In Mark O’Rowe’s play, Terminus, at the Magic Theatre, three unnamed characters, A, B, and C tell their interlocking, dark and poetic stories of a night in Dublin– Stacy Ross as A, a teacher turned suicide hotline volunteer who tries to help a former student; Marissa Keltie as B, who goes to meet some friends and ends up at a construction site where she gets betrayed; and Carl Lumbly as a man who makes a deal with the devil to overcome his painful shyness, particularly with women.
The play and the actors have gotten excellent reviews as spellbinding, compelling and brilliant. Bay Area director Jon Tracy said he needed to find the right actors to make Terminus work, and he immediately thought of Lumbly, who has also done a lot of work in TV (Cagney and Lacey, Alias, Southland) and movies (Everybody’s All-American, How Stella Got Her Groove Back, Pacific Heights, To Sleep With Anger). The actor talks about the muscularity of O’Rowe’s writing, how rejection can twist people up, and bargains with the devil.
Were you familiar with Mark O’Rowe’s work?
I saw the script, and afterward I read Howie the Rookie and Crestfall –both of them are quite incredible pieces. When I read this, I just thought it was phenomenal, very muscular, and it was musical to me. Almost like Ellington in the way that it was classical, but so far ahead of its time. I was terrified. I really was. Then Jon Tracy, who had sent it to me – I think he’s one of the real great ones – I was surprised he thought of me for it. I first met him when I was doing Jesus Hopped the A Train, and there’s a long monologue in that, so I thought well, perhaps he believes I can handle long monologues, but there are long monologues and then there’s this. It’s an extraordinary thing to be part of, and it grabs your spirit and your mind.
You do a lot of TV and movies as well as theater. What do you like about doing theater?
I like the immediacy of it, and I like the danger of it. I’m not a danger freak, and I’m not even an adrenaline freak, but I like the necessity of being in that moment in the present tense, and having to let go of whatever came before it, and not jump ahead to what’s coming up.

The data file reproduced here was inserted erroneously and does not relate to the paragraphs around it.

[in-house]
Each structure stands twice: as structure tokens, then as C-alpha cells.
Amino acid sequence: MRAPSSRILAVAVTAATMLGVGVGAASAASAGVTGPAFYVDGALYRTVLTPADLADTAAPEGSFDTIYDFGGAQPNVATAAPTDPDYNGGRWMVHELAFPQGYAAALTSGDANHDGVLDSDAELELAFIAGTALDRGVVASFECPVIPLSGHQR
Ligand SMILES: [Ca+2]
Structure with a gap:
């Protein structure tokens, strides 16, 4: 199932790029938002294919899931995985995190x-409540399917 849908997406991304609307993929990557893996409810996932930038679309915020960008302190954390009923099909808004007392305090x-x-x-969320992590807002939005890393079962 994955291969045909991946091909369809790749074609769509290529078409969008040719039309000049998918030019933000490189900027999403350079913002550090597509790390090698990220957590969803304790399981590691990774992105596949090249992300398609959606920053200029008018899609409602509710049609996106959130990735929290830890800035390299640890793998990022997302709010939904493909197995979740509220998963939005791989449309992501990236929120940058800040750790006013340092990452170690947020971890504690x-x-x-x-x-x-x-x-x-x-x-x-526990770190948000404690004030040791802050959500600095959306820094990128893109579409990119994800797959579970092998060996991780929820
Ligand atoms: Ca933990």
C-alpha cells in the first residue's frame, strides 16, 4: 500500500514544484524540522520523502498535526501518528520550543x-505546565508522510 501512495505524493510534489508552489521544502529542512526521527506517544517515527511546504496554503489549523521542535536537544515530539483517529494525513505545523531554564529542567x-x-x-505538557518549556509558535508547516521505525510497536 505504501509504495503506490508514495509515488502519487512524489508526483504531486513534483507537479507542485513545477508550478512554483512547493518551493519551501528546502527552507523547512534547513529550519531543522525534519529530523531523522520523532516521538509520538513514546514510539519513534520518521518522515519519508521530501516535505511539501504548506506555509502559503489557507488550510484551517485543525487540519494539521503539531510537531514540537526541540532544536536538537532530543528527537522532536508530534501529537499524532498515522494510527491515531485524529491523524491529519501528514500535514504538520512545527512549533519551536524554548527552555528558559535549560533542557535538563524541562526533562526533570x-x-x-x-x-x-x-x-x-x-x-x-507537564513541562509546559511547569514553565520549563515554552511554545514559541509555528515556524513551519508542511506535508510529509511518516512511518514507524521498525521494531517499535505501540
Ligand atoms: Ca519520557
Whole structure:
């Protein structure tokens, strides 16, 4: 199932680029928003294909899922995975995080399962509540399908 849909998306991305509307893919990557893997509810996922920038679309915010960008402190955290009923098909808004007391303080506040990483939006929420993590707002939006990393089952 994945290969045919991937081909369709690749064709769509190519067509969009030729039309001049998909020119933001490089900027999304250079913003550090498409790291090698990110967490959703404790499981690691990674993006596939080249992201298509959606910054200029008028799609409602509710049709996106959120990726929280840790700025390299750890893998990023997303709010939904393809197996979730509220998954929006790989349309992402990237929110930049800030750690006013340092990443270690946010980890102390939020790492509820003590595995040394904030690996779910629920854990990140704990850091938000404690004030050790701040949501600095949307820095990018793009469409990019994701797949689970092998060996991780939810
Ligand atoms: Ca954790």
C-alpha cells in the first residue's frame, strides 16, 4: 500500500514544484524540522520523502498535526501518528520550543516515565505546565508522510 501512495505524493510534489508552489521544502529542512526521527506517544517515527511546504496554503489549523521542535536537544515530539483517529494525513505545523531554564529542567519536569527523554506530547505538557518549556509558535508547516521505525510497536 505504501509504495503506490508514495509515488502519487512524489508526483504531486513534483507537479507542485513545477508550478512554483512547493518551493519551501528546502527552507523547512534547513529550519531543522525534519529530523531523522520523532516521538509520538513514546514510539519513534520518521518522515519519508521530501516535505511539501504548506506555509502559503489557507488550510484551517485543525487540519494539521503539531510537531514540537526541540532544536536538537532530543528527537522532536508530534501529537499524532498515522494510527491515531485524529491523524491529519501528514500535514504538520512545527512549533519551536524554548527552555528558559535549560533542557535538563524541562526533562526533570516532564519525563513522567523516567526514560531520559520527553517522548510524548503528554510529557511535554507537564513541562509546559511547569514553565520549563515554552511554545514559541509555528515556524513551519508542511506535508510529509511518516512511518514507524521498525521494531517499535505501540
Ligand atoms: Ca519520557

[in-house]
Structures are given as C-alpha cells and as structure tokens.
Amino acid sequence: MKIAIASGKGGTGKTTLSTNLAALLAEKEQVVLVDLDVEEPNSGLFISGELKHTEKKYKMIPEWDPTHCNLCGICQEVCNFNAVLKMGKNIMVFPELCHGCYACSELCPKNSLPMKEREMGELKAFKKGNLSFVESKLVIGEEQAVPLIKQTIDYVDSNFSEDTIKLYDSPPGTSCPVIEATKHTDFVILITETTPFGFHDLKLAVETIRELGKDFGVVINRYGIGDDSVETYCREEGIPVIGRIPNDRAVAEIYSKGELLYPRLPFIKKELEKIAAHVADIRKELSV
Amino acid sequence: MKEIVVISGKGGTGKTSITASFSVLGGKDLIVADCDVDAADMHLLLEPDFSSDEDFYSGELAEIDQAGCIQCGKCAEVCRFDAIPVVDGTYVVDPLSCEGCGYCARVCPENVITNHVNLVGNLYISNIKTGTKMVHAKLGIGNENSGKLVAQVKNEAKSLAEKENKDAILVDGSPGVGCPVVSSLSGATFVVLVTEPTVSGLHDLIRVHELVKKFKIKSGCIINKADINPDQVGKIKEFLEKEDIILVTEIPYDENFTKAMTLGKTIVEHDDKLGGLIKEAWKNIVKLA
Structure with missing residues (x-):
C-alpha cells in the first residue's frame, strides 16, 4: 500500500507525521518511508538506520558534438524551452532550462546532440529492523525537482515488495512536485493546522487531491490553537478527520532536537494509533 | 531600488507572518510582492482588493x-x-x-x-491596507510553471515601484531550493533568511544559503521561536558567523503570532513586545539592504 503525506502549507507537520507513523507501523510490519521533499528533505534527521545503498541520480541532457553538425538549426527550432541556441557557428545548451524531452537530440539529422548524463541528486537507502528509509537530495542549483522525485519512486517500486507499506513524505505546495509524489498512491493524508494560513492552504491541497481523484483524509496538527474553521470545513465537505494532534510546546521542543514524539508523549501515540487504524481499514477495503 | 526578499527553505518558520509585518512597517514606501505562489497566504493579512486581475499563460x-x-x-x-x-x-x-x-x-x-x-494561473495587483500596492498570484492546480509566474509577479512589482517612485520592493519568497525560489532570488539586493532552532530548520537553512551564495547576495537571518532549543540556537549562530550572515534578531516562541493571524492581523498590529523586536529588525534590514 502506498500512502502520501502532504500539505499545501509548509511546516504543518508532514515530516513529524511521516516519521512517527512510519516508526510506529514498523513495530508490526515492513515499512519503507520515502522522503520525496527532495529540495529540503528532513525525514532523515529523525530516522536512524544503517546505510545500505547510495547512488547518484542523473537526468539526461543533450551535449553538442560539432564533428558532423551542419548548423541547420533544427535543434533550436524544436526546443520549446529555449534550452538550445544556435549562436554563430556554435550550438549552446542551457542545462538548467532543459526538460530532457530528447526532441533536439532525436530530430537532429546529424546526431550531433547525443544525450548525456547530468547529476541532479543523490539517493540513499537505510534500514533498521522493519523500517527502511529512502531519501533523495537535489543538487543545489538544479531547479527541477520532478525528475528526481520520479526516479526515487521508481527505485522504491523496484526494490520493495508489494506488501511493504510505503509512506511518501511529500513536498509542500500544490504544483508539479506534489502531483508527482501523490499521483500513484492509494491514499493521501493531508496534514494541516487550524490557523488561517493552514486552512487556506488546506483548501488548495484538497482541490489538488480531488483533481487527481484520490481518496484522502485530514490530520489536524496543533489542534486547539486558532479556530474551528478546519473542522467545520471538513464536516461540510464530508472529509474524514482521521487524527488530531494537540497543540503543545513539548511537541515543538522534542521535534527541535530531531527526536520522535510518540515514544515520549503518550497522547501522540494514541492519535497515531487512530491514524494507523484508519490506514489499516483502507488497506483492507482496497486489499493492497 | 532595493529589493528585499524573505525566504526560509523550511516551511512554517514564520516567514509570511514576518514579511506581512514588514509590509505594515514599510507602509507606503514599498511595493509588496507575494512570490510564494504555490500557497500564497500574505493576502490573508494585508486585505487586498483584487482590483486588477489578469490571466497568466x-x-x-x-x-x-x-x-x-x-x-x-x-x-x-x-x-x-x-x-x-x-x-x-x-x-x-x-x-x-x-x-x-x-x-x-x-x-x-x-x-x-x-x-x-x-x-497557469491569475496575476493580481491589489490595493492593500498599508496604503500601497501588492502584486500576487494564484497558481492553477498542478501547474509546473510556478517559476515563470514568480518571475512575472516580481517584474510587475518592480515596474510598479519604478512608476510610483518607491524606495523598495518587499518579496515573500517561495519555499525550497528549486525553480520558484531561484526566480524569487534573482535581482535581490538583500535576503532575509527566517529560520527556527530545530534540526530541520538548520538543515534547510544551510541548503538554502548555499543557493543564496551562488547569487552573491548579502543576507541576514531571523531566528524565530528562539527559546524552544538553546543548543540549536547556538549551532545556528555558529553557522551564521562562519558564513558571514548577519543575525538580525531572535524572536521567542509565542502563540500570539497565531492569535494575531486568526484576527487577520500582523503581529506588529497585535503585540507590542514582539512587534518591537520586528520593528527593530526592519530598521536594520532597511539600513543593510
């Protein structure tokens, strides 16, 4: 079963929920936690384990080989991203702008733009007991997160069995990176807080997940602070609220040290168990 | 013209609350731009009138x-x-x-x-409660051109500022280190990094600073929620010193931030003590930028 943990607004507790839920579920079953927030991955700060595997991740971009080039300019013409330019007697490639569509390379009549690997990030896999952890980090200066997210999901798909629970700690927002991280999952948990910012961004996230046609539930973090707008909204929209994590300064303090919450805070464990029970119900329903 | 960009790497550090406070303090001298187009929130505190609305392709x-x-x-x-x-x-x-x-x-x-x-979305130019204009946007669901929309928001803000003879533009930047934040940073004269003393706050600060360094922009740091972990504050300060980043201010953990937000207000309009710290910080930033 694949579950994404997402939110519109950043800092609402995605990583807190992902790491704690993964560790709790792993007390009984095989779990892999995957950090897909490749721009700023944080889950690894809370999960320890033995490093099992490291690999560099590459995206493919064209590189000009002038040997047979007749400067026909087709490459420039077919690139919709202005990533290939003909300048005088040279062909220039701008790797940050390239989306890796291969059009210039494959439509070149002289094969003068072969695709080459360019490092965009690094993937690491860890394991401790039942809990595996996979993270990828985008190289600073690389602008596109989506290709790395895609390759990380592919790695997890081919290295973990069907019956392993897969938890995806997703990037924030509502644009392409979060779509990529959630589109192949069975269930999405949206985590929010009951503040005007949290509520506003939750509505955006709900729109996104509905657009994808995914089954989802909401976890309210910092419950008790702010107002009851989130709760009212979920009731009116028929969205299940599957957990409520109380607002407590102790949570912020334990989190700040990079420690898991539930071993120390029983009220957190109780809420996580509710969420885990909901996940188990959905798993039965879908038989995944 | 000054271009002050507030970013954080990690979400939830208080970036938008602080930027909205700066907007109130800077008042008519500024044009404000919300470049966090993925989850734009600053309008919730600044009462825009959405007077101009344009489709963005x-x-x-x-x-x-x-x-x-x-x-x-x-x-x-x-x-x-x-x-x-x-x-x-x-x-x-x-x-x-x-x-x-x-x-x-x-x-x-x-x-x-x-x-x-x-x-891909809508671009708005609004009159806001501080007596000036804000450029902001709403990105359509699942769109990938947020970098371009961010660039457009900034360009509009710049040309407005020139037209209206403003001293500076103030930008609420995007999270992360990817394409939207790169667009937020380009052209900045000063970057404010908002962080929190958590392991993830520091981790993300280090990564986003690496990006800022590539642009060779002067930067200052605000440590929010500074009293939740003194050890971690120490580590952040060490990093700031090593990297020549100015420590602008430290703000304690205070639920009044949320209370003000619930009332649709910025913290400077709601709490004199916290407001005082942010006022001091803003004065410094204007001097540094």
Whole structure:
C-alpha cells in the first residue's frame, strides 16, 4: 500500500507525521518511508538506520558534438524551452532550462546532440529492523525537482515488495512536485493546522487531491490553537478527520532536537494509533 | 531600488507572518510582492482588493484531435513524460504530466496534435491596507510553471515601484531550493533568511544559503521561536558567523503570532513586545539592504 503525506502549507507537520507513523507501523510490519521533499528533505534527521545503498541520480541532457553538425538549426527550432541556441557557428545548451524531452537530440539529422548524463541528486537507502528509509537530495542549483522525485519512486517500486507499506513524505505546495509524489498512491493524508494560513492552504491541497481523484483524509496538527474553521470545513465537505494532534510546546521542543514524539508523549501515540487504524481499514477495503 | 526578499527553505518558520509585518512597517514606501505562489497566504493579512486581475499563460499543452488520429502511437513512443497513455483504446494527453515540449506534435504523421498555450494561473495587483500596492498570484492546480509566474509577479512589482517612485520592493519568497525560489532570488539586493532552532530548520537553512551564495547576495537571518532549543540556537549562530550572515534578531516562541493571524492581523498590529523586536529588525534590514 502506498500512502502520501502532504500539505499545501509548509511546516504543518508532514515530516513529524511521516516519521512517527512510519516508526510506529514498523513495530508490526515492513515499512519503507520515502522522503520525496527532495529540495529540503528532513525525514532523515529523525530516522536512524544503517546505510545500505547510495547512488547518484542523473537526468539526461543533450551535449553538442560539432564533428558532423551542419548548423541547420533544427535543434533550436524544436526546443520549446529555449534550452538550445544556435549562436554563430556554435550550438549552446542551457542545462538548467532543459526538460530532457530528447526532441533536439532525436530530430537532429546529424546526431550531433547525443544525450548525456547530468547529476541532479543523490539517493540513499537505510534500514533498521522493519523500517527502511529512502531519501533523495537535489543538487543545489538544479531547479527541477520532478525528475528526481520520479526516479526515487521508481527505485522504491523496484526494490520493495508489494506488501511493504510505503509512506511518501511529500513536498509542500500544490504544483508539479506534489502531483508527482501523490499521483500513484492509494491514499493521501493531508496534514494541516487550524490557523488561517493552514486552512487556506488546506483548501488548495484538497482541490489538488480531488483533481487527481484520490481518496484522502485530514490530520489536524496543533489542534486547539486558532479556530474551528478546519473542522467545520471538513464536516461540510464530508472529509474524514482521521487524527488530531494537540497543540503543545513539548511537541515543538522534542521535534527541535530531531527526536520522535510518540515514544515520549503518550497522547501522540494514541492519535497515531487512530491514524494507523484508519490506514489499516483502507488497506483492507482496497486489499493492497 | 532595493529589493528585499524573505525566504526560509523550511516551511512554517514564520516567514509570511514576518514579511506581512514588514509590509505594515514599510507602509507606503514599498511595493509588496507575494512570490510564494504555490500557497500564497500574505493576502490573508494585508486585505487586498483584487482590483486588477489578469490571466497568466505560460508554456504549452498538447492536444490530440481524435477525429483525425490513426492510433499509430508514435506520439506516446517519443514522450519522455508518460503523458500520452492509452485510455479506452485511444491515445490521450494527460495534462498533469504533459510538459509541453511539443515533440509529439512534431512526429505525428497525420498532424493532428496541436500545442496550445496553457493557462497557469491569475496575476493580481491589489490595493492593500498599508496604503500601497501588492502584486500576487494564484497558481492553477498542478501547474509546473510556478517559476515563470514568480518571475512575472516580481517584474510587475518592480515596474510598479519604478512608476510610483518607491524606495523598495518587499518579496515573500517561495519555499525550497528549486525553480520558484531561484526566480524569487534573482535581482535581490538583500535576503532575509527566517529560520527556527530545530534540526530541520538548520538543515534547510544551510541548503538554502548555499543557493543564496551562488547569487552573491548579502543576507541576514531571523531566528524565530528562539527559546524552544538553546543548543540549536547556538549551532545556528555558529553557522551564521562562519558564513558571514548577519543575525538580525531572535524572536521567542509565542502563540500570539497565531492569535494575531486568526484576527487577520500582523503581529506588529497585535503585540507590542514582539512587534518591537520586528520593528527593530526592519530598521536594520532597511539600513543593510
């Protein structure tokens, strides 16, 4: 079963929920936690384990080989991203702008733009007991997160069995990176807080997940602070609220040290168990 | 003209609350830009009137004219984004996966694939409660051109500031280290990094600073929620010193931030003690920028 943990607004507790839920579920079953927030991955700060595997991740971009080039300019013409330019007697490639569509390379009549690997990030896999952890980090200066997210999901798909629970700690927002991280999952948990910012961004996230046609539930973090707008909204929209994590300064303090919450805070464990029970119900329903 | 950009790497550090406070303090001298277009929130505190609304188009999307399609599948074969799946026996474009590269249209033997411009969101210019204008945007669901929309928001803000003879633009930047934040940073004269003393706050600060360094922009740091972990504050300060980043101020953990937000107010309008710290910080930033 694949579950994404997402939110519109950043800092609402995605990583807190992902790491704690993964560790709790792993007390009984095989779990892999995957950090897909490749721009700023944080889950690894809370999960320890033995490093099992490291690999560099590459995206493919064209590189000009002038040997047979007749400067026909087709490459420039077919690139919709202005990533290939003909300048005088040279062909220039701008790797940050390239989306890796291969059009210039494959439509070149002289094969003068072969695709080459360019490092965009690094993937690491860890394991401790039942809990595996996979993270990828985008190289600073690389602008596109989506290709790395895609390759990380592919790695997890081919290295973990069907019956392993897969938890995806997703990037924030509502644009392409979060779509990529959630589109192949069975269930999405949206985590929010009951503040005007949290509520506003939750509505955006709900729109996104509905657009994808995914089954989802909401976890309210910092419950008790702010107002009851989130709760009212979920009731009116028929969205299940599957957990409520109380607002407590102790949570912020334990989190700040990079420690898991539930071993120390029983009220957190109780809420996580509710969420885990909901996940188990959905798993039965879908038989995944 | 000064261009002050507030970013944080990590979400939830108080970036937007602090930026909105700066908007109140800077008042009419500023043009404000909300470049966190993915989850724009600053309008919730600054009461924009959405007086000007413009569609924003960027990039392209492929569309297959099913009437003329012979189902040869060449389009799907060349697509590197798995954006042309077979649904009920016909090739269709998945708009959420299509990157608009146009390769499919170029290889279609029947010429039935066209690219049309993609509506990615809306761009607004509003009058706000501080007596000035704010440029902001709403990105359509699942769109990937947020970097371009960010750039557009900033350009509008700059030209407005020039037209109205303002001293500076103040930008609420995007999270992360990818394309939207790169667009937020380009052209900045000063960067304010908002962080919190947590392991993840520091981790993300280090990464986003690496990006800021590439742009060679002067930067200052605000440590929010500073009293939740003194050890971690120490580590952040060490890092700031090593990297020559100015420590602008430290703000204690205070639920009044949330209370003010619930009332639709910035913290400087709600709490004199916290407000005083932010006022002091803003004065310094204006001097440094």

Was playing a character so angry and so alienated from women difficult to play?
It was difficult to play in part because most of the time it’s easier to love the character you’re doing, so finding that for him was trickier. You have to suspend a lot of things. I happen to have three wonderful sisters. I have an incredible mother. I had a wonderful wife. I have a tremendous regard and affection for women. I don’t know that I’ve ever experienced the kind of isolation this gentleman must have experienced, but I know there are a lot of people who do.
His only alternative as he saw it was to make his bargain. Bargains with the devil may not be always so dramatic, but there are a lot of devils out there we make bargains with. As a theater actor you make a decision about livelihood, and you might go into some areas where your chance of making money will be greater, and then you fight for the rest of your career to get back to those experiences that made you want to act in the first place. You might make the bargain with the expectation that you would get a chance to show the world what you feel is your essential gift, and being denied that can twist you up. I know a lot of people more talented than I am who don’t act right now because they met with that sledgehammer of rejection that can occur in film and TV.
What’s your favorite part of being in this show?
The mutual journey I’m on with Stacy and Marissa and the fact that we came through it together, and that we were all terrified although I would like to lay claim to number one most terrified.
What is the most challenging thing about it?
I guess the degree that I have to give myself over. Once we begin there’s nowhere to go. There’s this need to tell this story and in doing that to support the words of this amazing writer and the efforts and actions of our incredible director. That’s the difficulty for me –I feel the weight of responsibility to everybody else in this piece.
How did Jon Tracy direct you in this piece where all of you are on stage the whole time but not interacting?
The trick of the piece in some ways is the last thing you want to be doing in some ways is performing these monologues. There has to be a place deep inside you that allows you to be a vessel for these stories. You’re there by yourself, but you’re also aware of what your fellow actors are doing and you’re there together. You’re there alone together. Maybe it’s what mules go through on mule teams. You’re all pulling together but the piece rests on your individual effort or failure, so it’s about more than how you’re doing, but how you’re doing is key.
Jon directed us beautifully because he allowed us to really explore all of the drama and all of the dynamic of the characters. Then we began a process of whittling back to the clarity of the images and our need to tell this story to the audience.
This was an opportunity for me to fail. I think I used to do more of that when I was younger. This represented a leap of faith on Jon’s part and on Mark O’Rowe’s part to let me be part of this play. And also a leap of my own. I’m pleased to know I was willing to not look so good, and I still have opportunities to fall on my face (laughs), but I won’t be alone, and you can only fall so far being supported by the work, not only on stage, but by this theater as well. They’ve taken care of this piece. This was my first time at the Magic, and what Loretta [Greco, the artistic director of the Magic] has been doing and I imagine will continue to do, force of nature that she is, is exciting. I hope to make my way back there.
Terminus plays at the Magic Theatre through June 16. For more information, call 441-8822 or visit magictheatre.org.